Takumi Shibata, Sadeq Sayeed: Nomura comes out fighting
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Takumi Shibata, Sadeq Sayeed: Nomura comes out fighting

A year after acquiring Lehman Brothers’ Asian and European businesses, Nomura says it is halfway to building a global investment bank. Few people outside the firm think it will succeed. To some, it is already the ‘other Lehman takeover’. But Nomura’s leaders are determined to win the battle. Lawrence White and Helen Avery report.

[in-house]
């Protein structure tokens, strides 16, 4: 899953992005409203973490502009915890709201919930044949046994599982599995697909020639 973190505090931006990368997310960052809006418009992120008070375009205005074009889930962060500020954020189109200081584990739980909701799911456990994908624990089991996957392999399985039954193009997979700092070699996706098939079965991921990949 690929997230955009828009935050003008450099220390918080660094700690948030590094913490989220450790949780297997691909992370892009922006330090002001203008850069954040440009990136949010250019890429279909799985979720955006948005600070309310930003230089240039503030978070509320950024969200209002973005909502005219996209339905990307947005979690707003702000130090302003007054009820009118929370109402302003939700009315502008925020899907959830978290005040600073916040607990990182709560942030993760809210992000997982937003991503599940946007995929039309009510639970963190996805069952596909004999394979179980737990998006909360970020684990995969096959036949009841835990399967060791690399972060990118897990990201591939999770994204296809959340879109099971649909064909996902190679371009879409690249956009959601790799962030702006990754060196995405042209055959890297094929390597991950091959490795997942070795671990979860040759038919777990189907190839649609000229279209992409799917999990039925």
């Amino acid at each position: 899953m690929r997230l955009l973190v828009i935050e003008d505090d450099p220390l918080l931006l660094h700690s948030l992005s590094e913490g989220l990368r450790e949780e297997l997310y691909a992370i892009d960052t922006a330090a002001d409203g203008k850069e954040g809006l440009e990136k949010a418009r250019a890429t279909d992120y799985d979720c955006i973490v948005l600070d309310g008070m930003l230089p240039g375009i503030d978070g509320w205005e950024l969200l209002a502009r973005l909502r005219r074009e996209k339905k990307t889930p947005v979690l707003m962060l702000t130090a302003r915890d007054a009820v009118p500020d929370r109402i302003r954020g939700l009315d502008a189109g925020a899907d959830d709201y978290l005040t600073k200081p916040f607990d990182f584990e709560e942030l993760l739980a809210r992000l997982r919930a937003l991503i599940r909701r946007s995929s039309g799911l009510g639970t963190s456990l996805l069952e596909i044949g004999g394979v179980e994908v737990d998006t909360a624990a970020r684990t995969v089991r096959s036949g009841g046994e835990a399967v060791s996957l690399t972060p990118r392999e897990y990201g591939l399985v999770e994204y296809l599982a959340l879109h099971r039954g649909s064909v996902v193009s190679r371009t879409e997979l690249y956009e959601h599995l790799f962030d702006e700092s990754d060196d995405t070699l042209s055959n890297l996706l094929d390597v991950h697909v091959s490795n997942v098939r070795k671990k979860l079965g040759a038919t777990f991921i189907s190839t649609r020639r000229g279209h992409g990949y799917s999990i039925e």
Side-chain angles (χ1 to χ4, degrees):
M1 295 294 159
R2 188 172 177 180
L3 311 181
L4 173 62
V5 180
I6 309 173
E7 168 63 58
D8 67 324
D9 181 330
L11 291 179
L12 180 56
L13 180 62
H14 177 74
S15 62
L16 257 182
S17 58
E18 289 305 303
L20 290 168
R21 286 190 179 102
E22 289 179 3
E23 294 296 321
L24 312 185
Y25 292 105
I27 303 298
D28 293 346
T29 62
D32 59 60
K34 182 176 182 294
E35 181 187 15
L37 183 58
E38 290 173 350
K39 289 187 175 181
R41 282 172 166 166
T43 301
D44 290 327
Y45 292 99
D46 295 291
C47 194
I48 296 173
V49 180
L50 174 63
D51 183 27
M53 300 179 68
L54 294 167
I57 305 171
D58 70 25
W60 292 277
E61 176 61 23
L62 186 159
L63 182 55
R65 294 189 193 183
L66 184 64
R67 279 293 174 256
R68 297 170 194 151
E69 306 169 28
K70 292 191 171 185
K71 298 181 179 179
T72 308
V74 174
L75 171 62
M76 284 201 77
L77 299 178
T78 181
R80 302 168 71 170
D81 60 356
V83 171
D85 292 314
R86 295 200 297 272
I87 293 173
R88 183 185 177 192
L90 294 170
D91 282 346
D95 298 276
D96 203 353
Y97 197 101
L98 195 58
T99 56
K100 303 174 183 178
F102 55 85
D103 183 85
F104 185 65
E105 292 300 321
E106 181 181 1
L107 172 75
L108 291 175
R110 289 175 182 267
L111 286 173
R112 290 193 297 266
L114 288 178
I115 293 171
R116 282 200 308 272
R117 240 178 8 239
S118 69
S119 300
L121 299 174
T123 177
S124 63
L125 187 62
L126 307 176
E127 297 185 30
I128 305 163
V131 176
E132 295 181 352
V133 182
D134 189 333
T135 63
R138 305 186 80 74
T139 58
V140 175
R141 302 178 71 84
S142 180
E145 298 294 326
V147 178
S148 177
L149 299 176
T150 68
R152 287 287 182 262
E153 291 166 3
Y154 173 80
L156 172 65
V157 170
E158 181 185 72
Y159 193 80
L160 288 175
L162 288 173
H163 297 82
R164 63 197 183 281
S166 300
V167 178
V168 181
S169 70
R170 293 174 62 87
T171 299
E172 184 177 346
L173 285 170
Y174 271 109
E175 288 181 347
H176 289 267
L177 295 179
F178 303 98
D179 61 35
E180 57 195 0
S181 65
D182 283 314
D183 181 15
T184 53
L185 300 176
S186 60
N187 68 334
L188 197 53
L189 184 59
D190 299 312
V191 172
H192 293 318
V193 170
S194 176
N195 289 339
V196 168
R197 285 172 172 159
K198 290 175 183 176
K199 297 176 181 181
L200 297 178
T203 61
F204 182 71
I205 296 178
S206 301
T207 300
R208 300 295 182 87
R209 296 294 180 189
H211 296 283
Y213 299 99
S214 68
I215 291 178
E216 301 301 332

IT IS AN accident of timing, a Nomura spokeswoman assures Euromoney as we enter the elevators in the Japanese firm’s Tokyo headquarters that our meetings with senior management are scheduled for September 15. That makes it one year to the day since Lehman Brothers filed for Chapter 11 bankruptcy protection in the US. Nomura prefers to think about September 22, she says, when it announced that it would be buying Lehman’s Asian operations. The next day Nomura snapped up the failed US bank’s European investment banking and equities business for a nominal fee of $2. "It feels like several years have passed," says Takumi Shibata, deputy president and chief operating officer of Nomura. Shibata, one of the architects of the Lehman acquisition alongside Sadeq Sayeed in Europe, is a 32-year veteran of Nomura with a career that includes 12 years in London, three in Hong Kong and two in Boston. He and his colleagues face a daunting task. Pre-crisis, Nomura had been a powerhouse in Japanese retail brokerage and investment banking, with outposts in Europe, Asia and the US reliant on cross-border business to and from its home territory.

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